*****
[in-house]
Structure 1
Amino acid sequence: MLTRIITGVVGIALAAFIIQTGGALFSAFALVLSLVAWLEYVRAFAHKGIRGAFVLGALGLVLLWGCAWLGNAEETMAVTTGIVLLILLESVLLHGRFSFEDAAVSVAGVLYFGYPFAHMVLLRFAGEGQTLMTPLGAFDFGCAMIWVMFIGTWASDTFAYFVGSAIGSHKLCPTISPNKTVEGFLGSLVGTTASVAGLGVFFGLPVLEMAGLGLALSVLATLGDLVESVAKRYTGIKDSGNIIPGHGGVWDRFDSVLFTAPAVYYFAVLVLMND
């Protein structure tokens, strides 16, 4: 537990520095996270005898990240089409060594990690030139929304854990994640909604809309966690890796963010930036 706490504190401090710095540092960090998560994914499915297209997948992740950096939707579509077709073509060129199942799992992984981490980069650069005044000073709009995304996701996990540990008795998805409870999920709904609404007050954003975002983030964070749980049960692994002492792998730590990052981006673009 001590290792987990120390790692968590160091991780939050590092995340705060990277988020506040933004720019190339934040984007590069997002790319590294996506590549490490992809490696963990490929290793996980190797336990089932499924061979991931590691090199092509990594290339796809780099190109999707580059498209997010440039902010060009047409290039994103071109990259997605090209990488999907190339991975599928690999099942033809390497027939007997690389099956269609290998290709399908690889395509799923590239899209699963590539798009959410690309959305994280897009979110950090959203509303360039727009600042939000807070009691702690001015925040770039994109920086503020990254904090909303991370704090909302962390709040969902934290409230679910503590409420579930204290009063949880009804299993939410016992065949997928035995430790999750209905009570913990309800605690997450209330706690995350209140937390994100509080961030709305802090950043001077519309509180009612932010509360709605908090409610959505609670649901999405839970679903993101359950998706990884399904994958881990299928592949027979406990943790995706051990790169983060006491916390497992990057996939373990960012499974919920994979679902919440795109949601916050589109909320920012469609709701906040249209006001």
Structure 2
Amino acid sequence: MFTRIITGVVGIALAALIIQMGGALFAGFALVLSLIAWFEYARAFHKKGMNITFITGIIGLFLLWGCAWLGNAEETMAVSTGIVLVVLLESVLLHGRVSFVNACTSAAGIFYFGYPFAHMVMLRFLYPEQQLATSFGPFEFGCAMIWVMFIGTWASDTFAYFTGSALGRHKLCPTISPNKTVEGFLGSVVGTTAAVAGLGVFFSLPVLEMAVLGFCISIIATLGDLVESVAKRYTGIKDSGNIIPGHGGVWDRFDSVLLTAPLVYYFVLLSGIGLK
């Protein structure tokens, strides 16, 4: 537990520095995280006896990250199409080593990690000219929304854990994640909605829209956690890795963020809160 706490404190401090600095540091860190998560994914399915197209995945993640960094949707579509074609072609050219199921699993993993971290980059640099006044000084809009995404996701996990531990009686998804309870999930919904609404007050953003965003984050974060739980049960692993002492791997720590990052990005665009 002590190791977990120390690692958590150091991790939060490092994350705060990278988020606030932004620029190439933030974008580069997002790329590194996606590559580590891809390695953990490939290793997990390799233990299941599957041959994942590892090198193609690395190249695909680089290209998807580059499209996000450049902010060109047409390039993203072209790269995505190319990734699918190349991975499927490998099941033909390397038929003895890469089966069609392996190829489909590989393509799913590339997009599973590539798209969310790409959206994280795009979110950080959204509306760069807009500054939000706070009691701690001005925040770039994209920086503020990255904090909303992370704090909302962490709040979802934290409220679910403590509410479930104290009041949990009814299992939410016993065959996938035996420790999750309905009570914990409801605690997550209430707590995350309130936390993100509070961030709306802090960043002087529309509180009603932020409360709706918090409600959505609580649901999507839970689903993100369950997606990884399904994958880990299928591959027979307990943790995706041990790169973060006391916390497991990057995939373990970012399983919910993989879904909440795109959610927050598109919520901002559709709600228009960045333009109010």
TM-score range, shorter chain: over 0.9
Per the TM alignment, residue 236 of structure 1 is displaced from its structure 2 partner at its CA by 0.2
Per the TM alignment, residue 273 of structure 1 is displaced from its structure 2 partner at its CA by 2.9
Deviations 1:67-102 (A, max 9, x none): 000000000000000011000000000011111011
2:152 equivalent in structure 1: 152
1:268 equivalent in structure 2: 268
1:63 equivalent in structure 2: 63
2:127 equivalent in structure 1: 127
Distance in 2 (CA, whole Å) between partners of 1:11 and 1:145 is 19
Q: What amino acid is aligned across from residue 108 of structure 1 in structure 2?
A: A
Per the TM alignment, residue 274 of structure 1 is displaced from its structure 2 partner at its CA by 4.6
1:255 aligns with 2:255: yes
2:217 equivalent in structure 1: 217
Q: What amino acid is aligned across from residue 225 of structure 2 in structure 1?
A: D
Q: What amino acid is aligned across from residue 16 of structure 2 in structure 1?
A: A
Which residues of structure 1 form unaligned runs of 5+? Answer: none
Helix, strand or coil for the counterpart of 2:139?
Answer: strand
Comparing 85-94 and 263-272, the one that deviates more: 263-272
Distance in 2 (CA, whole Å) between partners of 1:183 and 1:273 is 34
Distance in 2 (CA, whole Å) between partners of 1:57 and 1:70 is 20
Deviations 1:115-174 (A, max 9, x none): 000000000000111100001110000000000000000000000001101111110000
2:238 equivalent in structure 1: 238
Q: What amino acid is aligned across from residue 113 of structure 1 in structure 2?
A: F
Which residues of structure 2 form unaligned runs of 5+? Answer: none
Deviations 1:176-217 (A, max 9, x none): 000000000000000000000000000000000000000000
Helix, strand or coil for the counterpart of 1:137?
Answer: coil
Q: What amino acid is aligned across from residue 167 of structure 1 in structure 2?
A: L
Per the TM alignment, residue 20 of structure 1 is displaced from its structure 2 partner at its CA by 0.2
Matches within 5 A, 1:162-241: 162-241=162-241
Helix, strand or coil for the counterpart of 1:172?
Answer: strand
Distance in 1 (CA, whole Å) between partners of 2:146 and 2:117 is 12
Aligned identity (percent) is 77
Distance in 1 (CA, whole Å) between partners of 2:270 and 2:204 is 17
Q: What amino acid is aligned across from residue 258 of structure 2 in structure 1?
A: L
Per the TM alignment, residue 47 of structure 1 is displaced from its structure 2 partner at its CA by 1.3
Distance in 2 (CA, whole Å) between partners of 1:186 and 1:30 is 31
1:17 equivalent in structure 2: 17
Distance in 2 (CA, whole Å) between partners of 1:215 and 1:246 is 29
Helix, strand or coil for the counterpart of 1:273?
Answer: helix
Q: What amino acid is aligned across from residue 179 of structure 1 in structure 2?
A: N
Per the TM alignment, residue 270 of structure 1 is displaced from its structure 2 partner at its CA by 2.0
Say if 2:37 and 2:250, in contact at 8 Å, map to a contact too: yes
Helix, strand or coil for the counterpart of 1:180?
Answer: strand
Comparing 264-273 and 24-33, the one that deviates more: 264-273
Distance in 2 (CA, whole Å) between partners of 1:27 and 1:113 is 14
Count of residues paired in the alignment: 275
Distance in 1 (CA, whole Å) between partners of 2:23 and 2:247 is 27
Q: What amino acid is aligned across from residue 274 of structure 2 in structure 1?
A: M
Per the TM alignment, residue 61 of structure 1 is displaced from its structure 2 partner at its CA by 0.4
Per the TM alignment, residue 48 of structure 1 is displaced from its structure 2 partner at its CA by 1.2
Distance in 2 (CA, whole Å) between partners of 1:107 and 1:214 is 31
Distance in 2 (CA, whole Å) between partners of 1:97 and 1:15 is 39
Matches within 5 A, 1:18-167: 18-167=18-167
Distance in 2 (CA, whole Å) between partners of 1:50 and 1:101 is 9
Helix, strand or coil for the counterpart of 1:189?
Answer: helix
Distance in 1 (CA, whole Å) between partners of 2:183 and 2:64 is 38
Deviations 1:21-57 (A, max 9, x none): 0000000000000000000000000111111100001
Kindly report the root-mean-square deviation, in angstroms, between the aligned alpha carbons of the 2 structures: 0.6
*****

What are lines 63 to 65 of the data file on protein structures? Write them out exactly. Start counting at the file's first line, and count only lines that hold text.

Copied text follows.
Comparing 264-273 and 24-33, the one that deviates more: 264-273
Distance in 2 (CA, whole Å) between partners of 1:27 and 1:113 is 14
Count of residues paired in the alignment: 275